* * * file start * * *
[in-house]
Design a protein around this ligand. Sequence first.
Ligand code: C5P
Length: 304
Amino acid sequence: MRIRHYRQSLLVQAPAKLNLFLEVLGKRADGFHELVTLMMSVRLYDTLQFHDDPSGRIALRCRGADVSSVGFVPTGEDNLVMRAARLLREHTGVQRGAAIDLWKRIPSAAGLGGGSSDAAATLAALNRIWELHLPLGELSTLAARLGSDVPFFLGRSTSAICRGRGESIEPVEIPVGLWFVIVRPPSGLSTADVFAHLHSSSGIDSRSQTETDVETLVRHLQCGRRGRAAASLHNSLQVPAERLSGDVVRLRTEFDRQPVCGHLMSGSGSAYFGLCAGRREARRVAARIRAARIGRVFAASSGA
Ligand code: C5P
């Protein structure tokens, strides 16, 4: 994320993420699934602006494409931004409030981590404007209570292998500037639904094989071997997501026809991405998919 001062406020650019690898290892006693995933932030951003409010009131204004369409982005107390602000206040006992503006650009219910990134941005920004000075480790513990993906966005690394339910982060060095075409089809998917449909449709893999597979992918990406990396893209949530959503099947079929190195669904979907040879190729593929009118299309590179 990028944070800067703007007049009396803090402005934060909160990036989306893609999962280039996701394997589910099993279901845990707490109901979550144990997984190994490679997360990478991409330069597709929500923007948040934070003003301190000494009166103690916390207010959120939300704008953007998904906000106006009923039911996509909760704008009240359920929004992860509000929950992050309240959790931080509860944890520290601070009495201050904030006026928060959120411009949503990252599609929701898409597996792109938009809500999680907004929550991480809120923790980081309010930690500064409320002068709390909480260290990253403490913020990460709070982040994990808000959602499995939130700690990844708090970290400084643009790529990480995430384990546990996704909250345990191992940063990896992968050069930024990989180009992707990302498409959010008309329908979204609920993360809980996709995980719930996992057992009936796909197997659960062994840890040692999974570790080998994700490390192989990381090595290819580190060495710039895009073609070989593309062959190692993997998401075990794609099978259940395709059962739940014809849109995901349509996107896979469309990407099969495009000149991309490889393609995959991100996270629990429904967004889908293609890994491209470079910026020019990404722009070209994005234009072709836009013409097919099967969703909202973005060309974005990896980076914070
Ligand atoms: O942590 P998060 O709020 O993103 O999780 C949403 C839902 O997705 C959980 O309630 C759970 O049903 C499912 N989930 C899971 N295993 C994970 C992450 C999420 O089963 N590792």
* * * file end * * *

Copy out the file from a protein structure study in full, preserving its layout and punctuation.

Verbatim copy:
[in-house]
Design a protein around this ligand. Sequence first.
Ligand code: C5P
Length: 304
Amino acid sequence: MRIRHYRQSLLVQAPAKLNLFLEVLGKRADGFHELVTLMMSVRLYDTLQFHDDPSGRIALRCRGADVSSVGFVPTGEDNLVMRAARLLREHTGVQRGAAIDLWKRIPSAAGLGGGSSDAAATLAALNRIWELHLPLGELSTLAARLGSDVPFFLGRSTSAICRGRGESIEPVEIPVGLWFVIVRPPSGLSTADVFAHLHSSSGIDSRSQTETDVETLVRHLQCGRRGRAAASLHNSLQVPAERLSGDVVRLRTEFDRQPVCGHLMSGSGSAYFGLCAGRREARRVAARIRAARIGRVFAASSGA
Ligand code: C5P
């Protein structure tokens, strides 16, 4: 994320993420699934602006494409931004409030981590404007209570292998500037639904094989071997997501026809991405998919 001062406020650019690898290892006693995933932030951003409010009131204004369409982005107390602000206040006992503006650009219910990134941005920004000075480790513990993906966005690394339910982060060095075409089809998917449909449709893999597979992918990406990396893209949530959503099947079929190195669904979907040879190729593929009118299309590179 990028944070800067703007007049009396803090402005934060909160990036989306893609999962280039996701394997589910099993279901845990707490109901979550144990997984190994490679997360990478991409330069597709929500923007948040934070003003301190000494009166103690916390207010959120939300704008953007998904906000106006009923039911996509909760704008009240359920929004992860509000929950992050309240959790931080509860944890520290601070009495201050904030006026928060959120411009949503990252599609929701898409597996792109938009809500999680907004929550991480809120923790980081309010930690500064409320002068709390909480260290990253403490913020990460709070982040994990808000959602499995939130700690990844708090970290400084643009790529990480995430384990546990996704909250345990191992940063990896992968050069930024990989180009992707990302498409959010008309329908979204609920993360809980996709995980719930996992057992009936796909197997659960062994840890040692999974570790080998994700490390192989990381090595290819580190060495710039895009073609070989593309062959190692993997998401075990794609099978259940395709059962739940014809849109995901349509996107896979469309990407099969495009000149991309490889393609995959991100996270629990429904967004889908293609890994491209470079910026020019990404722009070209994005234009072709836009013409097919099967969703909202973005060309974005990896980076914070
Ligand atoms: O942590 P998060 O709020 O993103 O999780 C949403 C839902 O997705 C959980 O309630 C759970 O049903 C499912 N989930 C899971 N295993 C994970 C992450 C999420 O089963 N590792």